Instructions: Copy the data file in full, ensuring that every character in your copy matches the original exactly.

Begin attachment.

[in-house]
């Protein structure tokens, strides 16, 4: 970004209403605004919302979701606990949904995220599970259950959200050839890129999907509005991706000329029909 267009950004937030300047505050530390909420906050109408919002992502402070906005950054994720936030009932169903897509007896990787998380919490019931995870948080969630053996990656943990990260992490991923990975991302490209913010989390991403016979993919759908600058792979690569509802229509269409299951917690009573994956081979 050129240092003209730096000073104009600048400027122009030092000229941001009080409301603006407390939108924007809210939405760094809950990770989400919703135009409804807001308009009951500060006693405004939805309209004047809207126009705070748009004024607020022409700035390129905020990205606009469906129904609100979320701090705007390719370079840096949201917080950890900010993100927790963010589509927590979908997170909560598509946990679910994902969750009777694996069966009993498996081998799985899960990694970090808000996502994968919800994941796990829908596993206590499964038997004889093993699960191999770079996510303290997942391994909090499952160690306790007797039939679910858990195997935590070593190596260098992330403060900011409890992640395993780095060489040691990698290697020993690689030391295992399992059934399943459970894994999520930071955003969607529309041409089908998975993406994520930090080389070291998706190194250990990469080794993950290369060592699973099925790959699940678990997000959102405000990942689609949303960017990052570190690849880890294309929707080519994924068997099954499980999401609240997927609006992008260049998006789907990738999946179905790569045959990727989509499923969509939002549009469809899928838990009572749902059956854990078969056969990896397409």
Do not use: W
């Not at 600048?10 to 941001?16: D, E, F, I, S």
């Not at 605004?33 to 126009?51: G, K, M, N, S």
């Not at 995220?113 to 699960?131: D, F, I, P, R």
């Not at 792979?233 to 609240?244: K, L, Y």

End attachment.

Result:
[in-house]
């Protein structure tokens, strides 16, 4: 970004209403605004919302979701606990949904995220599970259950959200050839890129999907509005991706000329029909 267009950004937030300047505050530390909420906050109408919002992502402070906005950054994720936030009932169903897509007896990787998380919490019931995870948080969630053996990656943990990260992490991923990975991302490209913010989390991403016979993919759908600058792979690569509802229509269409299951917690009573994956081979 050129240092003209730096000073104009600048400027122009030092000229941001009080409301603006407390939108924007809210939405760094809950990770989400919703135009409804807001308009009951500060006693405004939805309209004047809207126009705070748009004024607020022409700035390129905020990205606009469906129904609100979320701090705007390719370079840096949201917080950890900010993100927790963010589509927590979908997170909560598509946990679910994902969750009777694996069966009993498996081998799985899960990694970090808000996502994968919800994941796990829908596993206590499964038997004889093993699960191999770079996510303290997942391994909090499952160690306790007797039939679910858990195997935590070593190596260098992330403060900011409890992640395993780095060489040691990698290697020993690689030391295992399992059934399943459970894994999520930071955003969607529309041409089908998975993406994520930090080389070291998706190194250990990469080794993950290369060592699973099925790959699940678990997000959102405000990942689609949303960017990052570190690849880890294309929707080519994924068997099954499980999401609240997927609006992008260049998006789907990738999946179905790569045959990727989509499923969509939002549009469809899928838990009572749902059956854990078969056969990896397409």
Do not use: W
């Not at 600048?10 to 941001?16: D, E, F, I, S």
């Not at 605004?33 to 126009?51: G, K, M, N, S």
């Not at 995220?113 to 699960?131: D, F, I, P, R």
């Not at 792979?233 to 609240?244: K, L, Y």